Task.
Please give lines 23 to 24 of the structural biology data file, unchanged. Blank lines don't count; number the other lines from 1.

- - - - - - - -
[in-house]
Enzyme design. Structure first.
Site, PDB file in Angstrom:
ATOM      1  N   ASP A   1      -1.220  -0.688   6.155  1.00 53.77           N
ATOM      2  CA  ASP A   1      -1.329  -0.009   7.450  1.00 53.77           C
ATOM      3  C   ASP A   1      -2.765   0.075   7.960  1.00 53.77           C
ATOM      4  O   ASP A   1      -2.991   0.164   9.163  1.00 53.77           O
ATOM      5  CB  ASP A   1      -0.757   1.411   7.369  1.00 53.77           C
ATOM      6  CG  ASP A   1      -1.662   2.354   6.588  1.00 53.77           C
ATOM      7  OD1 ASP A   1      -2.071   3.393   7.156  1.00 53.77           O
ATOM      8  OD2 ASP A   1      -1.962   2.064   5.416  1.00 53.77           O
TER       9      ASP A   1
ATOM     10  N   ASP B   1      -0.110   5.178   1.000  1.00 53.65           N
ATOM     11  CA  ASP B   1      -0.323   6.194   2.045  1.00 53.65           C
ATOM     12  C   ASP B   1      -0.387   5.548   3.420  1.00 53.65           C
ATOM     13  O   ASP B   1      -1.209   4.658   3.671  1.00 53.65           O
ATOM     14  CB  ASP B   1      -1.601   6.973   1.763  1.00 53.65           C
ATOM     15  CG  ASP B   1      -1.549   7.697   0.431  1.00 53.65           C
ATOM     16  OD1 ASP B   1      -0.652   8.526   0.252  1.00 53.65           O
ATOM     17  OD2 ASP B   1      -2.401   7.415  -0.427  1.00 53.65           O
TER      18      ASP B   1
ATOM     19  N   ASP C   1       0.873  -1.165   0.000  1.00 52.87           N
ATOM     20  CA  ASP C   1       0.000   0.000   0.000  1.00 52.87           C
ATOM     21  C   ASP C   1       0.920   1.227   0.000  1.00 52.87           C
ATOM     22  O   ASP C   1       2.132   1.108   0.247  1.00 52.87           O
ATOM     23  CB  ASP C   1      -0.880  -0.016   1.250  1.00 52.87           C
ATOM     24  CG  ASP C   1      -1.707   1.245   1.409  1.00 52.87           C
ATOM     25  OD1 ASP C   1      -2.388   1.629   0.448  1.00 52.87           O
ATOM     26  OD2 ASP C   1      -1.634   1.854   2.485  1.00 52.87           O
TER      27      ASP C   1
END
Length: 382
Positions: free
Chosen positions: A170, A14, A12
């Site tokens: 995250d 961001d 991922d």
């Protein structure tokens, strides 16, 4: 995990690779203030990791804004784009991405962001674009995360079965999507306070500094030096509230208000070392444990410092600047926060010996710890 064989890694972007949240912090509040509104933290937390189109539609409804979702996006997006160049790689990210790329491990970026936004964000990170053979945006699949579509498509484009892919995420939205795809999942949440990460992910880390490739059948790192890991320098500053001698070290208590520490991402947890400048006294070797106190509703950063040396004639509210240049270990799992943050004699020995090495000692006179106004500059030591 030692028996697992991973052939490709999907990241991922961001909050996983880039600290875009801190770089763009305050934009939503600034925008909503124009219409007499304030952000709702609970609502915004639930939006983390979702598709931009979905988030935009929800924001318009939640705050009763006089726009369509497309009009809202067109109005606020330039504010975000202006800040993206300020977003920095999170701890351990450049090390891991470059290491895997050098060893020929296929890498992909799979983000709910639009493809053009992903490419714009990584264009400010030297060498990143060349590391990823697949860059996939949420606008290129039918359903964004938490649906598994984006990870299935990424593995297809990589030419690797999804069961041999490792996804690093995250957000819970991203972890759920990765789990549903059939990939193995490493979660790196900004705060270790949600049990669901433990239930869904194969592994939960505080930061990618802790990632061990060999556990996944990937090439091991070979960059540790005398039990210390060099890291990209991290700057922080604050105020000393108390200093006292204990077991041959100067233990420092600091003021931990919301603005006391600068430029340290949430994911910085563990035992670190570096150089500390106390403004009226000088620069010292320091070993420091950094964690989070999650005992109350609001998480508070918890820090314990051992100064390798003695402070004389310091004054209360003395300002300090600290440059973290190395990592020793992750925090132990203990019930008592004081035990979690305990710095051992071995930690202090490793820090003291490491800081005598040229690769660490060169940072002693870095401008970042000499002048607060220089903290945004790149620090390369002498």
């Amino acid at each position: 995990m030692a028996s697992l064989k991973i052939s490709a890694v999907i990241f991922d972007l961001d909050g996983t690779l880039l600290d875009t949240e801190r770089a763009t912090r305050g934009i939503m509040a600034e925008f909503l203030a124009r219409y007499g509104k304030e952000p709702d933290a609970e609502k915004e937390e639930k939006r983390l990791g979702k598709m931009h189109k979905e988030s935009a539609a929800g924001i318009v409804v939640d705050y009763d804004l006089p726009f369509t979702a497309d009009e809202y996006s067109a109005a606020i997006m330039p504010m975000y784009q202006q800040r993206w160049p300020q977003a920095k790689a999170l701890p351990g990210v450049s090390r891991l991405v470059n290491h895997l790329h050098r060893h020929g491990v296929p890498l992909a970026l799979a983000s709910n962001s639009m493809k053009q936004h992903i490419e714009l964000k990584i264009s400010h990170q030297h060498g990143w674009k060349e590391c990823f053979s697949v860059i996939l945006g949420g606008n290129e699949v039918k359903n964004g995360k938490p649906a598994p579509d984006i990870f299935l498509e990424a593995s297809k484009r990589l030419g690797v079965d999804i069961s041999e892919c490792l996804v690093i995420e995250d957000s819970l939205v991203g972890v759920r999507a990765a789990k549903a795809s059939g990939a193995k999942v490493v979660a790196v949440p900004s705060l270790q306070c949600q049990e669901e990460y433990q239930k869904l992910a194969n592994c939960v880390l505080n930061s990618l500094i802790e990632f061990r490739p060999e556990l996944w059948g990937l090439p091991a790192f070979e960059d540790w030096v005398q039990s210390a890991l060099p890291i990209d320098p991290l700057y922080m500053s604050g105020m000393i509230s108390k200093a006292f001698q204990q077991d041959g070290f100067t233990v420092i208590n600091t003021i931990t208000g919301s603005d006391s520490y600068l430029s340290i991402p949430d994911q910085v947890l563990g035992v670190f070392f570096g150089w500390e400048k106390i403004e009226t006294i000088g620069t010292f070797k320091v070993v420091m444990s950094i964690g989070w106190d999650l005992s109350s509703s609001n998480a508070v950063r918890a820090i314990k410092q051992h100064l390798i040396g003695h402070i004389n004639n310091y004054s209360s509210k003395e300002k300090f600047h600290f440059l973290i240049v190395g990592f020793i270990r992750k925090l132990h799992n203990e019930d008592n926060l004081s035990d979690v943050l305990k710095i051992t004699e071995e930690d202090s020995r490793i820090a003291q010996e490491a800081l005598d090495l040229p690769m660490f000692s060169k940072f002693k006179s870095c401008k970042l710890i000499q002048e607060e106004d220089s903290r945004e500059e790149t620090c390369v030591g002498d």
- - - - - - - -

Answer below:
ATOM     20  CA  ASP C   1       0.000   0.000   0.000  1.00 52.87           C
ATOM     21  C   ASP C   1       0.920   1.227   0.000  1.00 52.87           C